• Celebrity Paradox: An in-movie example. Gonzo insists he's Charles Dickens, and Rizzo insists otherwise. Eventually, Rizzo just rolls with it.
  • Cerebus Syndrome: "Bless Us All" marks the part where the movie becomes incredibly dark and tragic.
  • Character as Himself: "...and Rizzo the Rat as Himself."
  • Chew-Out Fake-Out: When Scrooge arrives at the Cratchits' home on Christmas Day, he acts as though he forgot he gave Bob the day off and that he is about to fire him. Mrs. Cratchit starts to tell Scrooge off until Scrooge announces he is actually raising Bob's salary. Merry Christmas!
  • Christmas Carolers:
    • Bean Bunny comes to the counting house singing "Good King Wenceslas" and meekly asking for a penny, only to have Scrooge rudely slam the door in his face, then throw a wreath at him. Later, as evening falls, he's seen huddled in a pile of trash, pulling newspapers around him, cold and miserable and alone.
    • As Christmas Present is showing him around, they pass a small choir composed of children. One of them accidentally hits another on the face.
  • Cloud Cuckoo Lander: Gonzo, of course, in this film narrating as Charles Dickens.
  • Comically Missing the Point:
    Gonzo: I know the story of A Christmas Carol like the back of my hand!
    Rizzo: Prove it!
    Gonzo: All right. [averts his eyes and holds his hand out] Um, there's a little mole on my thumb and a scar on my wrist from when I fell off my bicycle—
    Rizzo: [shaking his head] No, no, no, don't tell us your hand, tell us the story!
    • Later in the film Gonzo annoyingly tells Rizzo he is "such an idiot." Rizzo, who is oblivious he could have just fit through the bars in the first place instead of climbing the fence and jumping from the top, has no idea why Gonzo calls him that.
  • The Comically Serious: Invoked. In order to emphasise a strong contrast between himself and his Muppet co-stars, Michael Caine plays the lead role of Ebenzer Scrooge completely straight with little to no exaggerated or comedic moments. Caine himself has even said that he approached the role as if he was acting opposite members of the Royal Shakespeare Company.
  • Composite Character: The caroling boy and turkey boy from the novella are the same person due to both being played by Bean Bunny.
  • Cover Version: Martina McBride's rendition of "When Love Is Gone" is heard in the ending credits.
  • Dark Is Not Evil: As with all adaptations of A Christmas Carol, The Ghost of Christmas Yet to Come. It takes the form of a huge, terrifying grim reaper, but is just as benevolent as the other spirits.
  • Darker and Edgier: The movie follows the book very closely, and can be seen as very dark for a Muppet movie, portraying an extremely depressed old man's miserable life and journey of self-reflection through the medium of cute puppets. The movie deals with despair, loneliness in old age, family strife, mortality, the death of a child, and implicitly Hell itself, and depicts the most genuinely horrifying elements of the source material almost entirely straight-faced: the horrific Jacob Marley, now a Decomposite Character played by an undead Statler and Waldorf, and the grim, implacable Ghost of Christmas Yet to Come, whose mere presence darkens the movie to such a degree that he scares off Gonzo and Rizzo. More than anything, though, the movie is palpably melancholy, with a deep sense of pathos and sadness following just behind even its brightest, most comedic moments, and for good reason: this was the first Muppets production made after the passings of Jim Henson and Richard Hunt, making the movie's commentaries about death all the more poignant.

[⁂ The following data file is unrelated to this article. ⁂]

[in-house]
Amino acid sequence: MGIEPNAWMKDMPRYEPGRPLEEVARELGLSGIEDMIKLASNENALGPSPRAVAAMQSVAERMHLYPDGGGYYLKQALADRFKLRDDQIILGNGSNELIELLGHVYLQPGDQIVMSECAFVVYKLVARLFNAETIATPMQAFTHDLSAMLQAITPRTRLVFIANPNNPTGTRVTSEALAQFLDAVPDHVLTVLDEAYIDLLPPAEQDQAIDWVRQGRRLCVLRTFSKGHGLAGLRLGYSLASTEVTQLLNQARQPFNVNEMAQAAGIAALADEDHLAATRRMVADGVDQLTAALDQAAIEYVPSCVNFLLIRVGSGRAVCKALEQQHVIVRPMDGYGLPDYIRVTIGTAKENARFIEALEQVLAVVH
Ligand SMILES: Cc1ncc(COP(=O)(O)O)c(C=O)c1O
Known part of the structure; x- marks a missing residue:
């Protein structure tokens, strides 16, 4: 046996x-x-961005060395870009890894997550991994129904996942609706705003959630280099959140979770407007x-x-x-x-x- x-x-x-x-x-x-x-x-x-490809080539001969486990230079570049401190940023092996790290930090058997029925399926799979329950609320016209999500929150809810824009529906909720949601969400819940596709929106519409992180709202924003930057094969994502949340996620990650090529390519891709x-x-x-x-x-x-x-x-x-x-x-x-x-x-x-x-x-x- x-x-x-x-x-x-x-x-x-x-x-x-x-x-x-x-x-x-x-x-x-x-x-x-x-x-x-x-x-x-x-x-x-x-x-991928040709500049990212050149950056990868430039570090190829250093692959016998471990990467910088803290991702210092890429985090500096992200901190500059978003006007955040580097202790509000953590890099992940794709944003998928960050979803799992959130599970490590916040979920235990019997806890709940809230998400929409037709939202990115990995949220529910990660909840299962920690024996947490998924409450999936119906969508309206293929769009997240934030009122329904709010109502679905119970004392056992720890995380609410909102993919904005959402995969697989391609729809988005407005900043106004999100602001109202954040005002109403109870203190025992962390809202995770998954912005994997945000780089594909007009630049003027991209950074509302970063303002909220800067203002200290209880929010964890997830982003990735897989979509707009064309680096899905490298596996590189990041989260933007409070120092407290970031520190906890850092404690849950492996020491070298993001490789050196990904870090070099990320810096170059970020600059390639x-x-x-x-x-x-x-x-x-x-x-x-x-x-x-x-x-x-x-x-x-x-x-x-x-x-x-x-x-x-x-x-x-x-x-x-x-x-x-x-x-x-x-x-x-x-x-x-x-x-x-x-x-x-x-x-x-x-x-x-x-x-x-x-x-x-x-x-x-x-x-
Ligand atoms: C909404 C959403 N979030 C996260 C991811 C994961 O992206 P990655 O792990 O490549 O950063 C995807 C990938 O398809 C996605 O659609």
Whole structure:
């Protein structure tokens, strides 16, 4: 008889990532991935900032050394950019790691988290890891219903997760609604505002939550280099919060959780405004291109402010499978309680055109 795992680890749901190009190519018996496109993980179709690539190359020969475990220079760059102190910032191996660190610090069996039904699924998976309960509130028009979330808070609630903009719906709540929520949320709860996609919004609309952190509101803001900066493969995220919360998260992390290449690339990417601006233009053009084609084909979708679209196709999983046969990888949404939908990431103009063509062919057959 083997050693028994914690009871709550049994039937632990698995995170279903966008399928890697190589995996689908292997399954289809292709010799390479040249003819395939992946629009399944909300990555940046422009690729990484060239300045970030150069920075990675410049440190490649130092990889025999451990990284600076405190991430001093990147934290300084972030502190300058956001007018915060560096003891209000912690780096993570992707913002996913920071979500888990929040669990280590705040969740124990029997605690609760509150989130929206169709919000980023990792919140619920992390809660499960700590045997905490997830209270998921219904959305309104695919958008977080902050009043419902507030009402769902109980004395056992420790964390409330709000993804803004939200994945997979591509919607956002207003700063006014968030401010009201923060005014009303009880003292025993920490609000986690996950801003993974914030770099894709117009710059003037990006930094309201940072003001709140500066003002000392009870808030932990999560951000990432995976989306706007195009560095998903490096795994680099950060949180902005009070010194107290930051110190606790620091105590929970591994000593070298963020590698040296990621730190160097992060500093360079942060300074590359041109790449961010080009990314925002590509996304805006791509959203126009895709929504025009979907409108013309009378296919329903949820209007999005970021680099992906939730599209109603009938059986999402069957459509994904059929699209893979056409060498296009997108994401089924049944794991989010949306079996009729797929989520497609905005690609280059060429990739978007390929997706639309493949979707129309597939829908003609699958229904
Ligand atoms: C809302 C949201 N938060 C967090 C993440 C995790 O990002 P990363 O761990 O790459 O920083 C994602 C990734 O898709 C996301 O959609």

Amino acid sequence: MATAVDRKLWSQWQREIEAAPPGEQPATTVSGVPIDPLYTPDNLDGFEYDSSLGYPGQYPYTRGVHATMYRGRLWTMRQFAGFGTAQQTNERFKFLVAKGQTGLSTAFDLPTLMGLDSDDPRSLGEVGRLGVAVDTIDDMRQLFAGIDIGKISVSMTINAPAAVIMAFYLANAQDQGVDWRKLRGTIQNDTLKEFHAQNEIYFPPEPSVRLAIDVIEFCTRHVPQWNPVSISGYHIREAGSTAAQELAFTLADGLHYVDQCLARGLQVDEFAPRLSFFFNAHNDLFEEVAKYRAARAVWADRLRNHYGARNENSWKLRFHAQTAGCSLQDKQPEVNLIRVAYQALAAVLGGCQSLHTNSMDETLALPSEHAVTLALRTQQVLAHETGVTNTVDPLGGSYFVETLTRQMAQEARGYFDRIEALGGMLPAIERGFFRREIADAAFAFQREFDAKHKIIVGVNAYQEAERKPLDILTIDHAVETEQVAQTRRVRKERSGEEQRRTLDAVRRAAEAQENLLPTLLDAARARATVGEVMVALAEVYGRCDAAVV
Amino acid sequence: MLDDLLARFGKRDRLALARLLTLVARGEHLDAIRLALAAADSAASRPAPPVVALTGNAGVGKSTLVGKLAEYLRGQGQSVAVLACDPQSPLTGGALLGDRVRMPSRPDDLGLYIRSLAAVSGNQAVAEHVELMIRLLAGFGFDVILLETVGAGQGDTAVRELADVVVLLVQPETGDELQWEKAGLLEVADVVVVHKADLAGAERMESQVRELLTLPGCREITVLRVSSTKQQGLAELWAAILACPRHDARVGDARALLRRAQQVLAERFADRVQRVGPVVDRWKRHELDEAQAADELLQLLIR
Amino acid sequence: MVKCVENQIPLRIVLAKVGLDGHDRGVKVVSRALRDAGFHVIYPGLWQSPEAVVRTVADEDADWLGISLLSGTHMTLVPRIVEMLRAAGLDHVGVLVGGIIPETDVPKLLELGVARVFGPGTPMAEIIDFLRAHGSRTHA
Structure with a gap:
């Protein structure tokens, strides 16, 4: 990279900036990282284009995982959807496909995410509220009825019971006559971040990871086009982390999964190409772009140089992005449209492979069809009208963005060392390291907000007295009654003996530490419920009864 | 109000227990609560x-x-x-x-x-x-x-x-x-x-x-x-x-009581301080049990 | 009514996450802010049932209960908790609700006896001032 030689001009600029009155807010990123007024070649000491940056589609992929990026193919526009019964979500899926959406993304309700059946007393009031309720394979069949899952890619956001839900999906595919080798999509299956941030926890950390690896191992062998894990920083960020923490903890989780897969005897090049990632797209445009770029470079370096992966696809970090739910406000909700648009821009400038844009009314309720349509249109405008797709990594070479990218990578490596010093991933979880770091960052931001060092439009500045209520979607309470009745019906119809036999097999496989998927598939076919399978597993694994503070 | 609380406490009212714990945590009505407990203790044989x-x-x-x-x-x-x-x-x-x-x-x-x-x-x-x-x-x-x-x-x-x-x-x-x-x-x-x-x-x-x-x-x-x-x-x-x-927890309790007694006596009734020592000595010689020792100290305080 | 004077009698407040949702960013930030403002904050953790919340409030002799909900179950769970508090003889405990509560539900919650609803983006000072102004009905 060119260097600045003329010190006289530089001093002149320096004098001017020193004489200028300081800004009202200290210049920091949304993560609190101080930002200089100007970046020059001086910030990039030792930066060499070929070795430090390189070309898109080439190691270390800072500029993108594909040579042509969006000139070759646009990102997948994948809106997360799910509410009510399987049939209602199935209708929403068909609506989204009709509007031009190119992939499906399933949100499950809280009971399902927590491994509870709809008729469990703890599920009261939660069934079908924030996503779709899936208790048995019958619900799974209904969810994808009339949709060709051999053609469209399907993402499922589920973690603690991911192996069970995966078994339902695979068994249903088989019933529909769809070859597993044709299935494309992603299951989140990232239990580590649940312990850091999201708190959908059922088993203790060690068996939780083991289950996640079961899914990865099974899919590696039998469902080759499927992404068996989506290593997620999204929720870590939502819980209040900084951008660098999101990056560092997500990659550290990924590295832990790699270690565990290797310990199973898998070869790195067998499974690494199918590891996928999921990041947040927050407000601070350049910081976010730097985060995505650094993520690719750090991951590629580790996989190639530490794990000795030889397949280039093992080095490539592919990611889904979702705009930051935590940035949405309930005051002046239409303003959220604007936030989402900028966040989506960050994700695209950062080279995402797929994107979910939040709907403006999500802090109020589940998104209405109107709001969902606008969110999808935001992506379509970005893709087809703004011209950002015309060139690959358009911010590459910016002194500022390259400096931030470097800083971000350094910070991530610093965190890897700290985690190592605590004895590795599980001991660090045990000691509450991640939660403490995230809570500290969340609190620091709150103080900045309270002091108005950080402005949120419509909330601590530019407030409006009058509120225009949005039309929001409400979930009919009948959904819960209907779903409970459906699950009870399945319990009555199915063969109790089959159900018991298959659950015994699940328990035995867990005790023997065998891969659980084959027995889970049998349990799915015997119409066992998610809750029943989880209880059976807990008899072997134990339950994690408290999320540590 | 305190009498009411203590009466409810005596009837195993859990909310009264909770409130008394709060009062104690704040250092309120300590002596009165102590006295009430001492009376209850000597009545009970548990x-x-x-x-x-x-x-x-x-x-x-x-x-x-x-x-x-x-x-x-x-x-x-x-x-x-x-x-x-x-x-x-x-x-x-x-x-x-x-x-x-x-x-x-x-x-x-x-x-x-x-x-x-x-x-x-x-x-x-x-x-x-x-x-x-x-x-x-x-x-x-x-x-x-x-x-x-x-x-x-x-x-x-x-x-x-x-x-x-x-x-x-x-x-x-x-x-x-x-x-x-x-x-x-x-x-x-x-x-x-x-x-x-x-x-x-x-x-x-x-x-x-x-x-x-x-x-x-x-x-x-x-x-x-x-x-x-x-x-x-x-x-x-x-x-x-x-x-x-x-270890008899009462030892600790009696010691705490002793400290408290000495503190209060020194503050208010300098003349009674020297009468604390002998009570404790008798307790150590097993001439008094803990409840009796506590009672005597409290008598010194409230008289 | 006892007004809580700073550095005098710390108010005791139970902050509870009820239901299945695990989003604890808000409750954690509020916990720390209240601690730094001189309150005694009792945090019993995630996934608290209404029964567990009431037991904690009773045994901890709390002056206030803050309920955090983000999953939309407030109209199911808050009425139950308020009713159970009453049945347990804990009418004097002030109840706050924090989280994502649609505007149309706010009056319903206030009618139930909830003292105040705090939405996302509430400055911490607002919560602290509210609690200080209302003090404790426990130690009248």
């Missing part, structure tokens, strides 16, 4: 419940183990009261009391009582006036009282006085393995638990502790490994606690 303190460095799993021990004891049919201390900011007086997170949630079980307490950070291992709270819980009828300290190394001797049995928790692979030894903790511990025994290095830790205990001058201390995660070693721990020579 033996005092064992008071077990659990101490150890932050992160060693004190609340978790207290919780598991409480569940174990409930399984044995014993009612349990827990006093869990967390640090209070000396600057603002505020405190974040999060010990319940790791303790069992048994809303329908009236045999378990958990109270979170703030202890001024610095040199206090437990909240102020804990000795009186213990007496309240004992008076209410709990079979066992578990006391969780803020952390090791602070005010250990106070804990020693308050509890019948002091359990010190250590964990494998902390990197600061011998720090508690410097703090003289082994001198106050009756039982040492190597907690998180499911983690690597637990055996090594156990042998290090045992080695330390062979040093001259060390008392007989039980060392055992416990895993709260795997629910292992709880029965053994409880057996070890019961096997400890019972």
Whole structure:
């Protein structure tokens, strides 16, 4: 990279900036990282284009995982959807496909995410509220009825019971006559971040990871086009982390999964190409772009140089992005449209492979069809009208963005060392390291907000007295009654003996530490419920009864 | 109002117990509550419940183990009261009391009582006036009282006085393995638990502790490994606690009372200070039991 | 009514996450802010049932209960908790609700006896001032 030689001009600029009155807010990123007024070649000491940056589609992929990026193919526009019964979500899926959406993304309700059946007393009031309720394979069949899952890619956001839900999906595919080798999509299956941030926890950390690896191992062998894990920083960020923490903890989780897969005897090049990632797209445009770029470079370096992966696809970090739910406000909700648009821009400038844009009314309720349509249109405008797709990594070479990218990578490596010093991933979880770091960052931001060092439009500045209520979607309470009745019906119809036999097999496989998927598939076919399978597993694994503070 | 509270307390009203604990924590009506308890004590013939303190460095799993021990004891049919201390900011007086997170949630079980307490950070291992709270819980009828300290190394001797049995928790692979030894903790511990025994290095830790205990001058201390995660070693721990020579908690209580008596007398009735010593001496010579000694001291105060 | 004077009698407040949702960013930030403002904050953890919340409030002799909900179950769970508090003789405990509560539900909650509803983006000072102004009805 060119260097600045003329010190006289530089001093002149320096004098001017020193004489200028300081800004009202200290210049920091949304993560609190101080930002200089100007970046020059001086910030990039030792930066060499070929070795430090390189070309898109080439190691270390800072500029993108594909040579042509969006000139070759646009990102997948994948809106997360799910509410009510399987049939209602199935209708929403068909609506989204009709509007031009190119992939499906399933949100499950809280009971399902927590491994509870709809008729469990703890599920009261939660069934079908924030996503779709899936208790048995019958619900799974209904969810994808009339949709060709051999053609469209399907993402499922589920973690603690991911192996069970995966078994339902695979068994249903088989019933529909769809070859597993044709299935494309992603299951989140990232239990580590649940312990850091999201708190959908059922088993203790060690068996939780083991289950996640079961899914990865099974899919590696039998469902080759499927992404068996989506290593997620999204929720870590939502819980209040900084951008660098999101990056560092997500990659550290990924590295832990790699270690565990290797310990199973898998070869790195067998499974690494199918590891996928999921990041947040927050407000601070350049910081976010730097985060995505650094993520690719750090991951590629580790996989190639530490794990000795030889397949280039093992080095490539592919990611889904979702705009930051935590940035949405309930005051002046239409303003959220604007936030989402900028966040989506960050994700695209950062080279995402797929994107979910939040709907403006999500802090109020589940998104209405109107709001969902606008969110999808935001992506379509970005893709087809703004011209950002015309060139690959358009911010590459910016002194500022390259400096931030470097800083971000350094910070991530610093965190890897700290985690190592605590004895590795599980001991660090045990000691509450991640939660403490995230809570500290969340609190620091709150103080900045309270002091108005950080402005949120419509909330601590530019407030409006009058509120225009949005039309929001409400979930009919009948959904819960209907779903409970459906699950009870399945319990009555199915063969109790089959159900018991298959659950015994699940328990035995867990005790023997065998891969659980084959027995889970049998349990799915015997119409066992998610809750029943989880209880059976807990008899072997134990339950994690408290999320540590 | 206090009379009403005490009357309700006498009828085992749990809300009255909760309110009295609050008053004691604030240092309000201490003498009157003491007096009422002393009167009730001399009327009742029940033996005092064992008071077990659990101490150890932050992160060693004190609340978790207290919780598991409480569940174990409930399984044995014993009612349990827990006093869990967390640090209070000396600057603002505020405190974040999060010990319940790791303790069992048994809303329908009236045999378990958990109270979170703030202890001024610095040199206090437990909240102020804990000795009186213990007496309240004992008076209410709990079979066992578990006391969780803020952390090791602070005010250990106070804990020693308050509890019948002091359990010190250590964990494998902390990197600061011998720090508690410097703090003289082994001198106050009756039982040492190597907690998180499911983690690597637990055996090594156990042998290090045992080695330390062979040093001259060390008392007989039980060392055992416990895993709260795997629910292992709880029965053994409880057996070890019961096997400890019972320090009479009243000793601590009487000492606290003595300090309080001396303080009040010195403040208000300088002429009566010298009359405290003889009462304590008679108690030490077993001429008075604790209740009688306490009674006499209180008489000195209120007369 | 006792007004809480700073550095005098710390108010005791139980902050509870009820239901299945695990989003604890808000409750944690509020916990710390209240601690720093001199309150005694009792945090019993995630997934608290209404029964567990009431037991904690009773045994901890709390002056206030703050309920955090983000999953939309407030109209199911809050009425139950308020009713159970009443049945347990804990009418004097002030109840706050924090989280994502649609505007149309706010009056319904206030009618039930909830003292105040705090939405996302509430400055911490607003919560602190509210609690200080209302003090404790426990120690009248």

• Decomposite Character: Jacob Marley is split into two Marley brothers, since Statler and Waldorf both fit the role of a cruel, greedy curmudgeon like a glove, and you simply can't have one without the other. Though like in the book, only Jacob (Statler) appears as Scrooge's door knocker; Waldorf doesn't appear as Robert until the visitation.
  • Dedication: The film is dedicated to Jim Henson and Richard Hunt, both of whom died shortly before production.
  • Deadpan Snarker:
    • Rizzo, as is his wont. Much of the verbal humor comes from his snarky comments and Gonzo's subsequent reactions.
    • All the Muppets give snarky comments about Scrooge during his song of the same name such as "If they give a prize for being mean, the winner would be him," and "And all the hard work is paying off because Scrooge is getting worse."
    • Scrooge himself gets a few in, naturally with a large dose of Black Comedy.
      Scrooge: Let us deal with the eviction notices for tomorrow.
      Cratchit: But sir, tomorrow is Christmas!
      Scrooge: Very well. You may giftwrap them.
    • Fred has a few good lines as well, mostly at his uncle's expense.
      Scrooge: I do not make merry at Christmas-
      Fred: That is true.
      Scrooge: And I cannot afford to make idle people merry.
      Fred: That is certainly not true.
      Scrooge: [Annoyed] Don't you have other things to do this afternoon, my dear nephew?
  • Death Glare: The first time Scrooge's face is revealed, he's coolly glaring at everyone singing, and they quickly scatter.
  • Demoted to Extra: While most of the characters Jim Henson and Richard Hunt once performed are given new puppeteers and voices here, Rowlf, Dr. Teeth, and Janice are reduced to non-speaking cameos and Scooter is completely absent.
  • Department of Redundancy Department: In "Marley and Marley", the brothers refer to themselves as "avarice and greed," which are the same thing.